Expert Commentary

Do some women with CIN 3 test negative for high-risk HPV?

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YES In this analysis from the atypical squamous cells of undetermined significance (ASCUS) and low-grade squamous intraepithelial lesion (LSIL) Triage Study (ALTS), 33 of 621 women who had a diagnosis of cervical intraepithelial neoplasia (CIN) 3 at baseline also tested negative for high-risk human papillomavirus (HPV) DNA.


When it comes to cervical cancer prevention, screening and diagnostic tests have limits to their accuracy. Cancer-prevention strategies work because we assess patients over time and because we accept a small number of false positives as necessary to minimize the loss of sensitivity; in that way, we also minimize cancer-related morbidity.1

Link between high-risk HPV and cancer is a given

Cervical cancer is invariably linked to high-risk HPV. Women who are not truly infected with high-risk HPV are believed to have no risk for cervical cancer.2 Assay-based endpoints such as HPV DNA testing have good accuracy indices, whereas cytologic and histologic endpoints are subject to greater human error.

A CIN 3 lesion should never occur in a woman who is negative for high-risk HPV DNA. When the combination is found, which is rare, one of two mechanisms is involved:

  • a falsely negative HPV test
  • a falsely positive diagnosis of CIN 3.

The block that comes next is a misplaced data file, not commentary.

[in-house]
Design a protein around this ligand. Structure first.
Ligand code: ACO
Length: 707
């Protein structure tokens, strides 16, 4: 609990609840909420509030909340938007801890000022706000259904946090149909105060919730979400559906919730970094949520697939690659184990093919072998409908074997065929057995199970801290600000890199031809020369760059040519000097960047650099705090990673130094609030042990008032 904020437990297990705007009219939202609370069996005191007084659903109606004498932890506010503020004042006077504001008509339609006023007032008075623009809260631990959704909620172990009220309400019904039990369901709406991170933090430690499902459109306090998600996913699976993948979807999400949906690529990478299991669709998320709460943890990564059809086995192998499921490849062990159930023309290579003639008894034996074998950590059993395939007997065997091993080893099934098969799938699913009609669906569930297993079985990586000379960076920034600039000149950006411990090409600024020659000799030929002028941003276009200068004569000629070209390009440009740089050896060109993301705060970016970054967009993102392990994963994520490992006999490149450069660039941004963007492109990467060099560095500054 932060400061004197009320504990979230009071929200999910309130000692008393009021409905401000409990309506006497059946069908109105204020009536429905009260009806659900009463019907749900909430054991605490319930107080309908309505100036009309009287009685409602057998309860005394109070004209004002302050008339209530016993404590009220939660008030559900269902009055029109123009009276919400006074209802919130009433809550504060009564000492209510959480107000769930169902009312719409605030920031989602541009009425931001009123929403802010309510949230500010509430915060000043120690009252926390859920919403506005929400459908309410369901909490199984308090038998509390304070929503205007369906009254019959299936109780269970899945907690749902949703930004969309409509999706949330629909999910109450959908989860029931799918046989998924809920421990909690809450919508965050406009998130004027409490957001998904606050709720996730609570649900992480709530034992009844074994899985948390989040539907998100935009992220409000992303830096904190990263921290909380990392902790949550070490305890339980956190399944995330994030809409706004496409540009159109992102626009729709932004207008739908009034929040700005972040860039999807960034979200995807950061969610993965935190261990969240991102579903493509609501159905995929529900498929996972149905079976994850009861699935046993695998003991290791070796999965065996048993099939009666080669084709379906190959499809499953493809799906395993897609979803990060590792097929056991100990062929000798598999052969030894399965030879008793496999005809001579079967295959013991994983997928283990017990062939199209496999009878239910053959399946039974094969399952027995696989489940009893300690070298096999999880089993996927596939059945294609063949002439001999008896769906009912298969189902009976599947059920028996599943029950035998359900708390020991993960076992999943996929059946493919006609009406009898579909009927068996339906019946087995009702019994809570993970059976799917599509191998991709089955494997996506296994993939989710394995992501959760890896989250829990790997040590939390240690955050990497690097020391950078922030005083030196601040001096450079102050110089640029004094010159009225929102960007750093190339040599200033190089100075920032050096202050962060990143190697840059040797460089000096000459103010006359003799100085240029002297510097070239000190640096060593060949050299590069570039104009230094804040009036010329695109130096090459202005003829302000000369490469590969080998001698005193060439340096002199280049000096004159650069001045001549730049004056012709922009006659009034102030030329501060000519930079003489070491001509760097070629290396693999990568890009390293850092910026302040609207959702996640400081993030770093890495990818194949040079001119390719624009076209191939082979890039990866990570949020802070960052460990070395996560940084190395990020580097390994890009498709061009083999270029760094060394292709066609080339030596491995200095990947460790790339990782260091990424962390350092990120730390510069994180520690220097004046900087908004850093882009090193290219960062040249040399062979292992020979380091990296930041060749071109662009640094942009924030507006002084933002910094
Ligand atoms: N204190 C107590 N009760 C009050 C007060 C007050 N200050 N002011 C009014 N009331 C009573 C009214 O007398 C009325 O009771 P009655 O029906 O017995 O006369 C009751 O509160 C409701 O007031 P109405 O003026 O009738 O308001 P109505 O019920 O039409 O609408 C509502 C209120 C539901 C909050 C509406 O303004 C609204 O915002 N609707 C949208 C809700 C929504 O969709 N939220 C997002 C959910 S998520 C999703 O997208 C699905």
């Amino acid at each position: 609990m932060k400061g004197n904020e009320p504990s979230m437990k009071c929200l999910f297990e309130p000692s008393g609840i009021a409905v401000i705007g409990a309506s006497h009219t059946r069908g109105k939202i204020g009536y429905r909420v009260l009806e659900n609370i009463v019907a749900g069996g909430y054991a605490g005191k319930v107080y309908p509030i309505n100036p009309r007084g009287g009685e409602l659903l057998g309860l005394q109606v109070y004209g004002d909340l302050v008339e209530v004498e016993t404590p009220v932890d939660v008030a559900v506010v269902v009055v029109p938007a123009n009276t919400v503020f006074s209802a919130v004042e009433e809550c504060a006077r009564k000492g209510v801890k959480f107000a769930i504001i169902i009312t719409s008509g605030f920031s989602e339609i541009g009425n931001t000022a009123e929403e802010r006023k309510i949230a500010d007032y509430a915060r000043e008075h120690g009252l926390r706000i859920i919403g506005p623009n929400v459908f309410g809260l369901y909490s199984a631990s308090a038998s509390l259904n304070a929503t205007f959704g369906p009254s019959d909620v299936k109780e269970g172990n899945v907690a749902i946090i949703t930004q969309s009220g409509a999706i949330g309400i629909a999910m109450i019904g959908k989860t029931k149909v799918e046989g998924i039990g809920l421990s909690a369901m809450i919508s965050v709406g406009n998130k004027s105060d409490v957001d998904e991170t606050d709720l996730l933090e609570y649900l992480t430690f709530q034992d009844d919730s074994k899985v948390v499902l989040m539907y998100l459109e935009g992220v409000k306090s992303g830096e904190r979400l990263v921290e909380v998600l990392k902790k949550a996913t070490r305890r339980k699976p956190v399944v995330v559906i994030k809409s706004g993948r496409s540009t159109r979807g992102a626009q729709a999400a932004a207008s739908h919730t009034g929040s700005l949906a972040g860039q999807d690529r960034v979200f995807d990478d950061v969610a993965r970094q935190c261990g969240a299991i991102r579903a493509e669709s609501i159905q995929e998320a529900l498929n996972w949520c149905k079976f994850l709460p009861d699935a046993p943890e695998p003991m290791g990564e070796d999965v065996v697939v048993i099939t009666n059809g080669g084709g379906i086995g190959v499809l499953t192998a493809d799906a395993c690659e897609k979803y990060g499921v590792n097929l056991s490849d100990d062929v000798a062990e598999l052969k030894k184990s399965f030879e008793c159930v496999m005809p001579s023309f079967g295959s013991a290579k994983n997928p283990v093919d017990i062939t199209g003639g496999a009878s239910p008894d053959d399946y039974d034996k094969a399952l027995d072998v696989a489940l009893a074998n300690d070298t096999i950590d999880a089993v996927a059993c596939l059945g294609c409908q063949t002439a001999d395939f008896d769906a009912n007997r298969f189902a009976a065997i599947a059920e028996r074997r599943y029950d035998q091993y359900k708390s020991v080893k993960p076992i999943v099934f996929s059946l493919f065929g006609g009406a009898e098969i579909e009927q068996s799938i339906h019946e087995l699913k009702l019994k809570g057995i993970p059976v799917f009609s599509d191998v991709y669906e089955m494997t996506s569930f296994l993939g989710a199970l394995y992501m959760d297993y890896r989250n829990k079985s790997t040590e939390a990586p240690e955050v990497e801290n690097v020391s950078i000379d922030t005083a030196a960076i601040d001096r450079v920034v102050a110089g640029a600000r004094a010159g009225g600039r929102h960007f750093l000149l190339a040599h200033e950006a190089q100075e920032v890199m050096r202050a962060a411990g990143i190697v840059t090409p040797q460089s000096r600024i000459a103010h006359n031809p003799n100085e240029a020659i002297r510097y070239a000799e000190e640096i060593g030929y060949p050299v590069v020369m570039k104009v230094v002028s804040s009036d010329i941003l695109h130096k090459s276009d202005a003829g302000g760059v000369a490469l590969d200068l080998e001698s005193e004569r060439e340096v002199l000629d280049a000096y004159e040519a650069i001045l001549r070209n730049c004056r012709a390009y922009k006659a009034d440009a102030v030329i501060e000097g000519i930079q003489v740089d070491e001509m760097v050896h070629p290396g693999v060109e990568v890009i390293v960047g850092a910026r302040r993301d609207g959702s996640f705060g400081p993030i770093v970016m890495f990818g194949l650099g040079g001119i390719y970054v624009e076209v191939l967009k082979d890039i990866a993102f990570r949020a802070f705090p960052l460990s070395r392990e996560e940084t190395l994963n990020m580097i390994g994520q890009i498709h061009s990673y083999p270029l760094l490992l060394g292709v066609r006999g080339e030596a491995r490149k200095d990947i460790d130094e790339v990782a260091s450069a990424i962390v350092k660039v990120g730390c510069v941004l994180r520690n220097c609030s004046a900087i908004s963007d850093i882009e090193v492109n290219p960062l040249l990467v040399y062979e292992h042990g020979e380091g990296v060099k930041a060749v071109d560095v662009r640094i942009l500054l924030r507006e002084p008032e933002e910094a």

When HPV testing is falsely negative, it is usually due to 1) the cutpoints used for HPV detection or 2) the sampling technique. A diagnosis of CIN 3 may be falsely positive when benign atypical changes or lesser-grade CIN is overinterpreted. Other explanations include rapidly progressive CIN 3 when a new high-risk HPV infection occurs after the index HPV test, and CIN 3 that will not progress to cancer because it stems from a noncarcinogenic HPV type or an HPV type not recognized by the test.3-5

In ALTS, falsely positive histology was probably to blame

The CIN 3 detected in women who tested negative for high-risk HPV DNA (i.e., after borderline cytology rather than because of a high-grade squamous intraepithelial lesion [HSIL]) was probably associated with falsely positive histology rather than falsely negative HPV testing.

CIN 3 in women who tested negative for high-risk HPV DNA was more likely to be:

  • diagnosed at exit
  • from a center where CIN 3 diagnoses were not confirmed by the Pathology
Quality Control Group
and less likely to be:
  • associated with a referral Pap test classified as LSIL than as ASCUS
  • associated with an enrollment Pap test classified as HSIL
  • symptomatic
  • associated with high-grade Cervigrams.
    These women also were likely to test negative for HPV DNA using Linear Array.
These findings suggest that some cases of CIN 3 were based on histologic overcall.

In reviewing cases of CIN 3 in the 33 women who tested negative for high-risk HPV DNA, investigators found only 8 cases attributable to falsely-negative HPV testing, whereas 12 were related to incident HPV infection. Eight cases were caused by histologic overcall; 5 represented non–high-risk HPV that was unlikely to progress to cancer.


HPV testing has good, though not perfect, sensitivity for CIN 3. These findings certainly do not suggest that HPV testing is insufficiently accurate for clinical use.

Counsel women who have borderline cytology and who test negative for high-risk HPV to undergo continued testing according to the guidelines of the American Society for Colposcopy and Cervical Pathology.—DAVID G. MUTCH, MD

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